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LINGUIST List 18.1765

Mon Jun 11 2007

Qs: Khalkha Mongolian Phonology; Crosslinguistic Presupposition

Editor for this issue: Kevin Burrows <kevinlinguistlist.org>


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Directory
        1.    Robert Eklund, Khalkha Mongolian Phonology
        2.    David Beaver, Crosslinguistic Presupposition


Message 1: Khalkha Mongolian Phonology
Date: 10-Jun-2007
From: Robert Eklund <Liklik.Rattelia.com>
Subject: Khalkha Mongolian Phonology


To all it may concern

A few years ago I posted a query here about pulmonic ingressive phonation,
and have since then worked on a major review paper on the phenomenon, which
is now under revision for journal publication. A couple of spin-off papers
have seen the light, see: http://ingressivespeech.info

My question:

The Wikipedia entry on ''pulmonic ingressive'' includes a mention that the
words ''yes'' and ''no'' (in Mongolian, of course) are often produced
ingressively in Khalkha Mongolian
(http://en.wikipedia.org/wiki/Pulmonic_ingressive).

I have tried to contact the person who submitted that snippet of
information, but have so far not succeeded. I would like to know whether
there is anyone else who could confirm this.

Help is much appreciated, and a space in the Acknowledgement section is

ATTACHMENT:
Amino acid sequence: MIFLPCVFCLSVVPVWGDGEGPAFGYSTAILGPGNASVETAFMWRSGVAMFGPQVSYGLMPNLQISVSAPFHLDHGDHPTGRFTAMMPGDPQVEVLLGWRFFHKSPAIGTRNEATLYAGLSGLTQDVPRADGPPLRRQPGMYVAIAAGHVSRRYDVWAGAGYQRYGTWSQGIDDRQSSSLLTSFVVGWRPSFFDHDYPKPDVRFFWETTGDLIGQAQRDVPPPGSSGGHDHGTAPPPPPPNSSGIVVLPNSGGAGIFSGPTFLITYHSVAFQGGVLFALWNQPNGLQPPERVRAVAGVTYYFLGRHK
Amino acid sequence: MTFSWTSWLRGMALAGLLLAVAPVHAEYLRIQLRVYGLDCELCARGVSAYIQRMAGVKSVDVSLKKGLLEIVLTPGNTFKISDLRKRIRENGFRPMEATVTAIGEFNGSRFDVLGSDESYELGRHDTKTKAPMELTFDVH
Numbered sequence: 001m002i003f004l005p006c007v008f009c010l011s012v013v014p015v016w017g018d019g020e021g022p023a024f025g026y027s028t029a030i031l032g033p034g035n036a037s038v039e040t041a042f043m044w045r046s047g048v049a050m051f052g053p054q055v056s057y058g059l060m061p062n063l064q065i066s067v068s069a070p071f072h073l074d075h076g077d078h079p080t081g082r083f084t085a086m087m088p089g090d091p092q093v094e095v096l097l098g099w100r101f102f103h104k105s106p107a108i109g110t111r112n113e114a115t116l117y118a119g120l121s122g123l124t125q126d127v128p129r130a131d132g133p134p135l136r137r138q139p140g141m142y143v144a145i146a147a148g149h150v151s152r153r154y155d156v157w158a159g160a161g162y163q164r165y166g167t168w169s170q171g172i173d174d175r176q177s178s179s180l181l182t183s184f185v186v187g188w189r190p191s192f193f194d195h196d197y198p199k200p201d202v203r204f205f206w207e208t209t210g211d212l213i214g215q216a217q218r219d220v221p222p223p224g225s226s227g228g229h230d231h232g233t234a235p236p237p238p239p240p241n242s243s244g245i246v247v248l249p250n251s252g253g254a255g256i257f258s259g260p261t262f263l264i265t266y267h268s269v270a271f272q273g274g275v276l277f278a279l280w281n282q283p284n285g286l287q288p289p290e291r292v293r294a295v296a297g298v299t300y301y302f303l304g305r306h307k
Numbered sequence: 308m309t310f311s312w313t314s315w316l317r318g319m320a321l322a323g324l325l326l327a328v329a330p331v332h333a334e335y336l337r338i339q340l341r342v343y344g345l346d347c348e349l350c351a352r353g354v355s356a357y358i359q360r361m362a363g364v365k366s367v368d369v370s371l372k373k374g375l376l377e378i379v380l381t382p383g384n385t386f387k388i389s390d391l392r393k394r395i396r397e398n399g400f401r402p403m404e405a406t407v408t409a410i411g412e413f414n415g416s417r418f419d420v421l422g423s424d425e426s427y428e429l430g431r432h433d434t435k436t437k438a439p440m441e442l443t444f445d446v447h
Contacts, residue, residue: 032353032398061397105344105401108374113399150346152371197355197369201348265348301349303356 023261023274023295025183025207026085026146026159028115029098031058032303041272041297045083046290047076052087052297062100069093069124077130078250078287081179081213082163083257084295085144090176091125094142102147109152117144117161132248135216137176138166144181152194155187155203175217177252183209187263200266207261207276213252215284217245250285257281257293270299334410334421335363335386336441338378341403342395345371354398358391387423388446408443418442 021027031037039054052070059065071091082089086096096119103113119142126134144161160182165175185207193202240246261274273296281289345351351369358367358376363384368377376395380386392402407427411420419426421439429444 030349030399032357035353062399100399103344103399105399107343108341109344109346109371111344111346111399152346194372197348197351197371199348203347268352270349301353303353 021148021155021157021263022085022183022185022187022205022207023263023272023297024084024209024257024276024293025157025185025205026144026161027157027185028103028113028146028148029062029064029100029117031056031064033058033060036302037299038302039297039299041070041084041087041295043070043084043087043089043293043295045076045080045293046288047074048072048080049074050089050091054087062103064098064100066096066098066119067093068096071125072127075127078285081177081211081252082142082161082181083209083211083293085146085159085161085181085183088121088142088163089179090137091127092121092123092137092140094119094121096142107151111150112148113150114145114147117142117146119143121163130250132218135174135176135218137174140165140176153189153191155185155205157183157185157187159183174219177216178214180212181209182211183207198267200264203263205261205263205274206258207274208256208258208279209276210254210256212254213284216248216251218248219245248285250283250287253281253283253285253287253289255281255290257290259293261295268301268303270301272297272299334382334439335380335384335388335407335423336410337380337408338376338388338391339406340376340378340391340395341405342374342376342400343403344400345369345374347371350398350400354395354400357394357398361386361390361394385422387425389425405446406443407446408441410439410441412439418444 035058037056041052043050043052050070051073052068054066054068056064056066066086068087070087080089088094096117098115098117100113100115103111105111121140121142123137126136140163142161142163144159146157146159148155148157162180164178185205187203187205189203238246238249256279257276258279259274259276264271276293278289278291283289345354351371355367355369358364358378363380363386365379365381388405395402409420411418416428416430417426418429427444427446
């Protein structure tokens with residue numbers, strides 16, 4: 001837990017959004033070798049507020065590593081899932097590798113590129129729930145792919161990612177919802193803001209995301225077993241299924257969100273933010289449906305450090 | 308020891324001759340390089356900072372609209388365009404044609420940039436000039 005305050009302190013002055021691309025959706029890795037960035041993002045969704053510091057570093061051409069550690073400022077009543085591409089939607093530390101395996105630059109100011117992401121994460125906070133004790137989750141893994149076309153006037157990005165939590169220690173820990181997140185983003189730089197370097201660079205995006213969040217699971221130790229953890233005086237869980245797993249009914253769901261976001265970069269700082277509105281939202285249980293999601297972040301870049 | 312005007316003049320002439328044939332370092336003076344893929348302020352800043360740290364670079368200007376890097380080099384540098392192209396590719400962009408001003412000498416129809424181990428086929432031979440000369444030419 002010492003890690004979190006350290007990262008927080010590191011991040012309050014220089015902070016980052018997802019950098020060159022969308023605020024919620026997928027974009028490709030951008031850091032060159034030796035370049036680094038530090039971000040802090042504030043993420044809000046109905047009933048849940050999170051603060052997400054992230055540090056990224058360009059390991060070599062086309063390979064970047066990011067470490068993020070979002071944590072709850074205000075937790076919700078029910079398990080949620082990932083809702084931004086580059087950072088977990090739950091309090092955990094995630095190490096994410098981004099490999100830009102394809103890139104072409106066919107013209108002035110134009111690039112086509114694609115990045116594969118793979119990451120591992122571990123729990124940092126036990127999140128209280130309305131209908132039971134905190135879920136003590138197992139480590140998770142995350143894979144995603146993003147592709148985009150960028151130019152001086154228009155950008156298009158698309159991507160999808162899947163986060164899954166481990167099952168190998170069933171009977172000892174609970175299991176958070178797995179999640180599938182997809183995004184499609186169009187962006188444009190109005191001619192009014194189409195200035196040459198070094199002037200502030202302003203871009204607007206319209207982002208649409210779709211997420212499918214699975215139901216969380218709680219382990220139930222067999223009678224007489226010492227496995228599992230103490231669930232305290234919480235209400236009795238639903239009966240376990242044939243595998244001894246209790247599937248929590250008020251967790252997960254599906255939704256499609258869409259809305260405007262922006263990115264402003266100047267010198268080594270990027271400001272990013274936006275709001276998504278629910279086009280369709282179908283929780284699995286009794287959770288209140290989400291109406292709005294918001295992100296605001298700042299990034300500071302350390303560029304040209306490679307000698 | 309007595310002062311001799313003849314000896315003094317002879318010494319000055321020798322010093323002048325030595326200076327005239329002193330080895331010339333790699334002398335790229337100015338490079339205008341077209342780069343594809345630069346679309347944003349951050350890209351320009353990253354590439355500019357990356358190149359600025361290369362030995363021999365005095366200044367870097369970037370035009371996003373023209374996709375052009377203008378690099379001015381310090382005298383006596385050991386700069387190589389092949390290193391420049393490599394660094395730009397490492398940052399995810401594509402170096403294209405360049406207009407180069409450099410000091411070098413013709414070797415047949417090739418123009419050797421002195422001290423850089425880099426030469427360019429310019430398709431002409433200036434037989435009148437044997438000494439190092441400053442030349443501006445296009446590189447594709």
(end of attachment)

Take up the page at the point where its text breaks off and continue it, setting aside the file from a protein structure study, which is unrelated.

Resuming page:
reserved.

Thanks!

Robert

Linguistic Field(s): General Linguistics
Message 2: Crosslinguistic Presupposition
Date: 07-Jun-2007
From: David Beaver <dibmail.utexas.edu>
Subject: Crosslinguistic Presupposition



As part of a project with Craige Roberts and Mandy Simons, I'm looking for
references to cross-linguistic work on presupposition, especially work that
lays out the different types of presupposition trigger in languages other
than English. I'm aware of work by e.g. Matthewson, Levinson & Annamalai,
Schwarz, Zeevat, but really there does not seem to be a lot of such work
about.

Any references will be greatfully received, summarized in a future posting,
and added to my public bibliography on presupposition on the OSU Pragmatics
Intiative site < http://pragmatics.osu.edu/ > (the bibliography itself is
at < http://www.ling.ohio-state.edu/~stoia/BeaverBibYab.html >).

Cheers,

David

Linguistic Field(s): Semantics



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